Invention Awards: Robo-Legs
An exoskeleton that enables paraplegics to walk
Today’s featured Invention Award winner: ReWalk, the lightweight, affordable, powered smart exoskeleton.
After breaking his neck in a 1997 fall, Israeli engineer Amit Goffer learned that he would be confined to a wheelchair for the rest of his life. He soon concluded that this mode of transportation was outdated and began work on the ReWalk, the only wearable exoskeleton that allows paraplegics to stand, amble, and even climb stairs.
Soon, more than a dozen patients in the U.S. will strap in and start strolling.
Inventor: Amit Goffer
Cost: $2 million+
Time: 10 years
Is It Ready Yet? 1 2 3 4 5
Goffer, now 56, needed a design that would be not only safe but also energy-efficient enough to last for an entire day. “I was worried you would need a truckload of batteries,” he recalls. To solve that problem, he made a design choice that meant he could never use it. Goffer is paralyzed from the chest down, but he realized that if wearers could use crutches, it would conserve energy and simplify balance, since the device wouldn’t have to keep the person upright all on its own.
The 44-pound prototype, which takes just a few minutes to get into, has several modes—among them, walking, sitting, and climbing/descending stairs—that the user selects on a wristband controller. Plant one of the crutches and lean forward in walk mode, for example, and a tilt sensor in the ReWalk’s shoulder harness registers the motion. A computer in a backpack interprets this data and instructs electric motors in the hip and knee of one leg to move it forward. (Other exoskeletons, like Honda’s walking-assist device, take cues from users’ actual leg motions or electrical signals in their muscles, which wouldn’t work with paraplegics.) Another plant of the crutches and another lean, and the motors on the other side swing the second leg ahead. Stand up straight, and the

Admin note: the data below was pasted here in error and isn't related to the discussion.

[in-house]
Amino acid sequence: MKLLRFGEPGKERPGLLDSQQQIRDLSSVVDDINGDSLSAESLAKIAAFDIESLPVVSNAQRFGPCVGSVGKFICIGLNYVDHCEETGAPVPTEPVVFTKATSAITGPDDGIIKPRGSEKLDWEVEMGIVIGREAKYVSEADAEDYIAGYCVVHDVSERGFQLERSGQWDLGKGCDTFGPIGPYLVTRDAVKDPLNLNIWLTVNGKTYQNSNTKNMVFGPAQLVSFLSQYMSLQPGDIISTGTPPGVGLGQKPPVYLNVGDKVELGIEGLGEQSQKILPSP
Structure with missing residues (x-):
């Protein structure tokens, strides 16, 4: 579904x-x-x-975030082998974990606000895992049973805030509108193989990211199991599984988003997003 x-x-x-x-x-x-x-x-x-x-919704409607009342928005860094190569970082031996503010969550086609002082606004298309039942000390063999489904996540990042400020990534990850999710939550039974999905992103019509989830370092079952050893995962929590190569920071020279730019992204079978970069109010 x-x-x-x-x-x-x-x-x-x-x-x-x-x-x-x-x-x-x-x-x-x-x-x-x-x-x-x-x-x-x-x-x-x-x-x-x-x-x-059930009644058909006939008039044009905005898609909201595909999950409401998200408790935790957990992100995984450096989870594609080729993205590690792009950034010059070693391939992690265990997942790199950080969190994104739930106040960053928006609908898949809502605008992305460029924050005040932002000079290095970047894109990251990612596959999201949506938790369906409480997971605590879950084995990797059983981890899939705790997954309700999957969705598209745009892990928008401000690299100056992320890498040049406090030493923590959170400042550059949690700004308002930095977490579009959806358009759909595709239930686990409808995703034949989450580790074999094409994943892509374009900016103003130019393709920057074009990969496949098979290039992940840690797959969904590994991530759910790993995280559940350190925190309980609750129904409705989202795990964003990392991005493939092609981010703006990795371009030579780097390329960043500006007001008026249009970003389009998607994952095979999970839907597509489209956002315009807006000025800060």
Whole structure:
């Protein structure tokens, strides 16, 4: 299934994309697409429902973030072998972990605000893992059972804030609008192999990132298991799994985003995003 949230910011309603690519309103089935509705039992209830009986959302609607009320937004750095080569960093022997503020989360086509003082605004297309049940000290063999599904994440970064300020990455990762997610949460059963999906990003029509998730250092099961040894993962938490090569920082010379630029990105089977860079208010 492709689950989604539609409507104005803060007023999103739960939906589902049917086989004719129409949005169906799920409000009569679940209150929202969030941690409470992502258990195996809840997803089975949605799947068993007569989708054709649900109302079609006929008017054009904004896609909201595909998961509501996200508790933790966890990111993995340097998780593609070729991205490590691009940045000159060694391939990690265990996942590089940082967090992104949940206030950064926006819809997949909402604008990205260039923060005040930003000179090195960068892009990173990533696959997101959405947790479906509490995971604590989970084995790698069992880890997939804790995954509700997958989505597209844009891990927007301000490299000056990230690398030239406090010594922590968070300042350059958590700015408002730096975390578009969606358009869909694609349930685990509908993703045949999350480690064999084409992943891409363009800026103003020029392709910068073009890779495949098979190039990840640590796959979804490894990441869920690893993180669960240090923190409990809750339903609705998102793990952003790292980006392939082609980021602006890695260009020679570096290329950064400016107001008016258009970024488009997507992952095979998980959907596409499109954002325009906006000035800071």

ReWalk: How It Works
Like the crutches, many of the components, including the motors and battery pack, are off-the-shelf. Goffer says it’s the control algorithms that make the difference. For example, early in the ReWalk’s development, he and his team found that the tilt sensor could be thrown off by variations in the way users dressed (for example, its angle could be changed if a user wore a large belt buckle underneath the harness), so they wrote software that accounts for those differences and corrects them. The code also has to filter out vibrations from the ground, initiate the most energy-efficient steps so the batteries don’t drain prematurely, quickly recognize a stumble and recover in time to prevent a fall, and more.
Goffer says the next version will be down to about 30 pounds. Several patients have already tested the prototype successfully abroad, and U.S. clinical trials are set to start soon. One of ReWalk’s testers, 41-year-old paraplegic Radi Kaiof, thinks patients will be satisfied. When strapped in, he says, “I speak eye-to-eye with people, not from the bottom up. There is one life in a wheelchair, and this is a new life.”